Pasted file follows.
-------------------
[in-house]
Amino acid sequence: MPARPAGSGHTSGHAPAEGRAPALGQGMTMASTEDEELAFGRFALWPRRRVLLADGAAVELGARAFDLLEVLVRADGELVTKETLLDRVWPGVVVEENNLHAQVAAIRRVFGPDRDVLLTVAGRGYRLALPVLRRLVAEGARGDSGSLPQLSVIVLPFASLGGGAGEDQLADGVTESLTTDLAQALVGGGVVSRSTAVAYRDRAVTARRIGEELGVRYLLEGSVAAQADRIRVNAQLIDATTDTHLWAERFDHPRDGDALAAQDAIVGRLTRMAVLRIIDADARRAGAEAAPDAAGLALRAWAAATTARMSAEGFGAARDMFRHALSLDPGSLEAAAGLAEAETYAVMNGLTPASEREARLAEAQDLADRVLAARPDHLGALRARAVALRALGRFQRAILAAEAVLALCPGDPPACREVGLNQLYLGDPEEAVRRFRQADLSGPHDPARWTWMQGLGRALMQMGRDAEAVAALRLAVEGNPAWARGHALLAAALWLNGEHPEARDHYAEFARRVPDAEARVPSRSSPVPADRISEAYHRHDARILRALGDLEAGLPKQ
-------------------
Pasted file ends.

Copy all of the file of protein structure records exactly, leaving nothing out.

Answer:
[in-house]
Amino acid sequence: MPARPAGSGHTSGHAPAEGRAPALGQGMTMASTEDEELAFGRFALWPRRRVLLADGAAVELGARAFDLLEVLVRADGELVTKETLLDRVWPGVVVEENNLHAQVAAIRRVFGPDRDVLLTVAGRGYRLALPVLRRLVAEGARGDSGSLPQLSVIVLPFASLGGGAGEDQLADGVTESLTTDLAQALVGGGVVSRSTAVAYRDRAVTARRIGEELGVRYLLEGSVAAQADRIRVNAQLIDATTDTHLWAERFDHPRDGDALAAQDAIVGRLTRMAVLRIIDADARRAGAEAAPDAAGLALRAWAAATTARMSAEGFGAARDMFRHALSLDPGSLEAAAGLAEAETYAVMNGLTPASEREARLAEAQDLADRVLAARPDHLGALRARAVALRALGRFQRAILAAEAVLALCPGDPPACREVGLNQLYLGDPEEAVRRFRQADLSGPHDPARWTWMQGLGRALMQMGRDAEAVAALRLAVEGNPAWARGHALLAAALWLNGEHPEARDHYAEFARRVPDAEARVPSRSSPVPADRISEAYHRHDARILRALGDLEAGLPKQ